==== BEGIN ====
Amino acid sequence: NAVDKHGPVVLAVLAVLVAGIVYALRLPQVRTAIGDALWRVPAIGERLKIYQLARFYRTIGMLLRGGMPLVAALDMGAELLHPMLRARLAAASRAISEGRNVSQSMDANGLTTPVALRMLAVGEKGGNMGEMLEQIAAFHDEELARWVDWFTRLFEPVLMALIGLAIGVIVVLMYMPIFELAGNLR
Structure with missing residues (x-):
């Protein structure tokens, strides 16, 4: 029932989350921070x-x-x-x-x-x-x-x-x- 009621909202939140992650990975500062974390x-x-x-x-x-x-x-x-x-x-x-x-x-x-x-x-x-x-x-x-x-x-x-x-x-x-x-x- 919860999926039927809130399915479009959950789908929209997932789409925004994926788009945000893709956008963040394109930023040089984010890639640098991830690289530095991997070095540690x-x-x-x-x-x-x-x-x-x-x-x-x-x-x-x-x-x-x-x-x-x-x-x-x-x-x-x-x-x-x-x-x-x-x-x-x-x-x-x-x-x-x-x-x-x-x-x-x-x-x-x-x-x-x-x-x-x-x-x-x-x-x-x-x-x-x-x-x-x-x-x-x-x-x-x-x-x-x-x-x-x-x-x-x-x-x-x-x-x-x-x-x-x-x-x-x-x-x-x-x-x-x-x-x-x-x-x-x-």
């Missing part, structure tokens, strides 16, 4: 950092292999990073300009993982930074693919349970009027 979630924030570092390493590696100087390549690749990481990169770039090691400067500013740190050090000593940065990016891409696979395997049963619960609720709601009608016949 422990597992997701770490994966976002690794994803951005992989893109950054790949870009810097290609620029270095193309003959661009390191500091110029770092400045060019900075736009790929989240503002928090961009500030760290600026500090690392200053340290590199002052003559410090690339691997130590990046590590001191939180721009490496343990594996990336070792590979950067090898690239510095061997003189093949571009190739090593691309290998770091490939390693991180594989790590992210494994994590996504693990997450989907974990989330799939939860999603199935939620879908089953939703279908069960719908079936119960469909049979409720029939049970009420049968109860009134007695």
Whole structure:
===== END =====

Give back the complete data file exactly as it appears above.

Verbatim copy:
Amino acid sequence: NAVDKHGPVVLAVLAVLVAGIVYALRLPQVRTAIGDALWRVPAIGERLKIYQLARFYRTIGMLLRGGMPLVAALDMGAELLHPMLRARLAAASRAISEGRNVSQSMDANGLTTPVALRMLAVGEKGGNMGEMLEQIAAFHDEELARWVDWFTRLFEPVLMALIGLAIGVIVVLMYMPIFELAGNLR
Structure with missing residues (x-):
């Protein structure tokens, strides 16, 4: 029932989350921070x-x-x-x-x-x-x-x-x- 009621909202939140992650990975500062974390x-x-x-x-x-x-x-x-x-x-x-x-x-x-x-x-x-x-x-x-x-x-x-x-x-x-x-x- 919860999926039927809130399915479009959950789908929209997932789409925004994926788009945000893709956008963040394109930023040089984010890639640098991830690289530095991997070095540690x-x-x-x-x-x-x-x-x-x-x-x-x-x-x-x-x-x-x-x-x-x-x-x-x-x-x-x-x-x-x-x-x-x-x-x-x-x-x-x-x-x-x-x-x-x-x-x-x-x-x-x-x-x-x-x-x-x-x-x-x-x-x-x-x-x-x-x-x-x-x-x-x-x-x-x-x-x-x-x-x-x-x-x-x-x-x-x-x-x-x-x-x-x-x-x-x-x-x-x-x-x-x-x-x-x-x-x-x-």
């Missing part, structure tokens, strides 16, 4: 950092292999990073300009993982930074693919349970009027 979630924030570092390493590696100087390549690749990481990169770039090691400067500013740190050090000593940065990016891409696979395997049963619960609720709601009608016949 422990597992997701770490994966976002690794994803951005992989893109950054790949870009810097290609620029270095193309003959661009390191500091110029770092400045060019900075736009790929989240503002928090961009500030760290600026500090690392200053340290590199002052003559410090690339691997130590990046590590001191939180721009490496343990594996990336070792590979950067090898690239510095061997003189093949571009190739090593691309290998770091490939390693991180594989790590992210494994994590996504693990997450989907974990989330799939939860999603199935939620879908089953939703279908069960719908079936119960469909049979409720029939049970009420049968109860009134007695």
Whole structure: